CEDAR RAPIDS — Gov. Terry Branstad has confidence his director of Human Services will “do the right thing” in deciding how to handle a request from 41 GOP House members for emergency rule-making to halt government-funded abortions.
“I haven’t had a chance to talk to him in detail,” Branstad said Monday, “but I have a lot of confidence in him. He’s a problem-solver. He has empathy for the people who receive human services, and he has good fiscal management skills.”
The GOP House members petitioned the Iowa Department of Human Services to rescind rules on terminating pregnancies in cases of rape, incest and fetal deformation.
In fiscal 2012, which ended June 30, there were 22 Medicaid-funded abortions in Iowa: 15 for severe fetal anomalies, two for rape and five to save the life of the mother, according to the DHS.
There’s more at risk than the funding for those abortions, however. Palmer said there is legal precedent in federal decisions regarding similar situations in other states that have sought to end government-funded abortions that suggests Iowa could risk $1.8 billion in Medicaid money by pursuing that course of action.
Rep. Dawn Pettengill, R-Mount Auburn, said the state stands to lose just $4 million in Medicaid funds.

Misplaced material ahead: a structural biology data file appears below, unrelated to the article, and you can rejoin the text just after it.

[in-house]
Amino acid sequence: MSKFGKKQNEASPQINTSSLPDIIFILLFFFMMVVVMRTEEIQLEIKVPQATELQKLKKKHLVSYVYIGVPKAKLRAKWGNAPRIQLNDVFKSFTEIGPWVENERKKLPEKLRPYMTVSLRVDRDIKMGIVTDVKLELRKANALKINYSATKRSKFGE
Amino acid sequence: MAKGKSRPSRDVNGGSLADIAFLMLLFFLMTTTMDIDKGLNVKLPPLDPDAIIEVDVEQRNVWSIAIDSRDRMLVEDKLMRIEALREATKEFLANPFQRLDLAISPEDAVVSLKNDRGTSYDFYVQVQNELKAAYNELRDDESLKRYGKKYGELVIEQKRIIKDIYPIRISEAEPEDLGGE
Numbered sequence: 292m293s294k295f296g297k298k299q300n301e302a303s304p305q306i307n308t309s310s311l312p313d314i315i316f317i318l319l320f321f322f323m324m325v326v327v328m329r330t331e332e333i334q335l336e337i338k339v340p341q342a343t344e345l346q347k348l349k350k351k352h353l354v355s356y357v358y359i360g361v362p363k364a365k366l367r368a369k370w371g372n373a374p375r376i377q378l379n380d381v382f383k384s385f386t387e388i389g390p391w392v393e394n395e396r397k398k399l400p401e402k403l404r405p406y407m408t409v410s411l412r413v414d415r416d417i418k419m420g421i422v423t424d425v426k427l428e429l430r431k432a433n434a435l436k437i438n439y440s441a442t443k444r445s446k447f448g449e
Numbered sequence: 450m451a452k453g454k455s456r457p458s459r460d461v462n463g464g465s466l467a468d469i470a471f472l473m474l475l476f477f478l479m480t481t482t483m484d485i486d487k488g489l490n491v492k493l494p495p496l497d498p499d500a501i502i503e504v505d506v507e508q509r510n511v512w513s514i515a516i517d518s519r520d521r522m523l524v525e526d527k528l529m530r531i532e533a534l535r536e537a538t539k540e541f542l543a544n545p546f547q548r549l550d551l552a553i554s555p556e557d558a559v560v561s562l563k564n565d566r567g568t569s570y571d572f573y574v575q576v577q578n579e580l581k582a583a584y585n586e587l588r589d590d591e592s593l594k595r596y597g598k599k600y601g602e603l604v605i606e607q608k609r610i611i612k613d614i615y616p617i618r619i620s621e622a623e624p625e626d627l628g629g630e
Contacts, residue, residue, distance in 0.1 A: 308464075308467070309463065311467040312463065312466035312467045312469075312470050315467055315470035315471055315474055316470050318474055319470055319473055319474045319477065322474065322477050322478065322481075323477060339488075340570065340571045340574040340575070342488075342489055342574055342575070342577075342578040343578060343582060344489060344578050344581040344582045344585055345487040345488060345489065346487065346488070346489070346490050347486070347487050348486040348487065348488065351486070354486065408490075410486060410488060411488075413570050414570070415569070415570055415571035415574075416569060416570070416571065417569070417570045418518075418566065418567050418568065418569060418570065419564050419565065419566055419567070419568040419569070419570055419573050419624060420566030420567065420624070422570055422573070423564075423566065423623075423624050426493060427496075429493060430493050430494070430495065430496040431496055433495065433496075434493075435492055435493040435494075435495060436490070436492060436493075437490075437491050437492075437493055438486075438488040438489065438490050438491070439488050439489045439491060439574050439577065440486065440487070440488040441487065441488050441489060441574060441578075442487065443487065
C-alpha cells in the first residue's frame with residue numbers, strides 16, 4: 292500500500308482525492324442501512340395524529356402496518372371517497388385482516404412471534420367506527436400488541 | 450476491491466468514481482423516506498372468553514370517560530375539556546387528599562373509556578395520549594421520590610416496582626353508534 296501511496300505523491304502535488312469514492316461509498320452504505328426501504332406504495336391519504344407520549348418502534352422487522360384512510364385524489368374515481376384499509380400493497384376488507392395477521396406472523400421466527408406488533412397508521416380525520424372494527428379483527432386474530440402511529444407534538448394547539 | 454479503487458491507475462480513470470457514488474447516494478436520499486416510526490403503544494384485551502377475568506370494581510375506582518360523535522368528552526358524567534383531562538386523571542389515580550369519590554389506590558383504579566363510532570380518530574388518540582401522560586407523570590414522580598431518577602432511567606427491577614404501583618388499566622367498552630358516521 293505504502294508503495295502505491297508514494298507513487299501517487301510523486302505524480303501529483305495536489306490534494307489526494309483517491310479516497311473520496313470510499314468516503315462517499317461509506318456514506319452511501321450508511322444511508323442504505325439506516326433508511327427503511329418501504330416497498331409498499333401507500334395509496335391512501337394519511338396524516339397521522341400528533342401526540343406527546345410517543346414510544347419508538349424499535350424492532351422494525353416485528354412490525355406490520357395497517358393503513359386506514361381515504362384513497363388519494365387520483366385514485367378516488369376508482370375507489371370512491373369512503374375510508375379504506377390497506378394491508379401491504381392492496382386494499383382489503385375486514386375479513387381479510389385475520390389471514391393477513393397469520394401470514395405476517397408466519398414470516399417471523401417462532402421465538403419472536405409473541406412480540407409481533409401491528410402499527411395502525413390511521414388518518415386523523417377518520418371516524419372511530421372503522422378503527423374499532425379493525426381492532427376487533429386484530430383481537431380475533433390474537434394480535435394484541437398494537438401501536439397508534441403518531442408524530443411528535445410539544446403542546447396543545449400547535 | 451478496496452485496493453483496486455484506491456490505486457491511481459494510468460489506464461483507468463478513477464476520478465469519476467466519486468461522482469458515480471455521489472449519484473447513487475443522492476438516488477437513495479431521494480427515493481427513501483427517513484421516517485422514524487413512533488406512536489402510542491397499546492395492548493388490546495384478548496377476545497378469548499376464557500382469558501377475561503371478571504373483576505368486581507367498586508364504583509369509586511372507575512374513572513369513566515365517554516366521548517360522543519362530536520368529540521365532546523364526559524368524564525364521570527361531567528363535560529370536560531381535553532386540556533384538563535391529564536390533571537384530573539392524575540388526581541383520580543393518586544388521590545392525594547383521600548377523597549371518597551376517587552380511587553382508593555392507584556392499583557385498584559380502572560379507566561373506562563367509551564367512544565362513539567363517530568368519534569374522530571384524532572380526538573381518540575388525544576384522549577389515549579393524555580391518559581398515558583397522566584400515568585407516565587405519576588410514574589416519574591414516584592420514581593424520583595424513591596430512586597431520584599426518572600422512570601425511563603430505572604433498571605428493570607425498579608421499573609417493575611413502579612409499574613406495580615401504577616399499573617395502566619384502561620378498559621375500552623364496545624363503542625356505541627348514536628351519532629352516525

Pettengill and 40 other House GOP members contend rules allowing for taxpayer-funded abortions in cases of rape, incest and fetal anomalies should be rescinded. The state has until Aug. 10 to respond to the request for emergency rule-making.
Palmer, who has indicated he will make a decision on the petition prior to the Aug. 8 meeting of the Human Services Council, said he is weighing the fiscal impact.
“We’re making assumptions about an all-or-nothing position on the federal part,” he said. “We don’t know that.
“I would say where we are right now is we’re really in a period of uncertainty, including the impact of the election.”
The Iowa House voted to change the current state policy governing government-funded abortions while the Senate — where Democrats hold a 26-24 edge — maintained current law that provides for a limited number of exceptions covering cases of rape, incest and fetal deformation.
Palmer has to weigh the dual responsibilities imposed on him by the Legislature and the federal government, Branstad said.
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“(Palmer) has to sort that out … so he’s sort of caught in the middle,” the governor said.
One of the things to sort out, Branstad said, is whether the loss of federal funds is realistic.
“There are other states, like South Dakota, that have taken action, I don’t know if it’s the same kind of action, but haven’t lost their federal funds,” he said.
South Dakota has a total ban on using Medicaid money for abortions. It has not lost funding, but then no one has challenged the taxpayer-funded abortion ban.
Palmer and others find it ironic the GOP wants to use the rule-making process to do what the Legislature didn’t. They have objected to state agencies extending the intent of state law in cases including banning lead shot for dove-hunting and requiring electrical inspections for farm buildings. Now, those lawmakers want the DHS to use the rule-making process to overturn rules that have been in place since the 1970s.
Their sense of irony was lost on Branstad.
“Well, I guess that’s what happens in politics,” he said.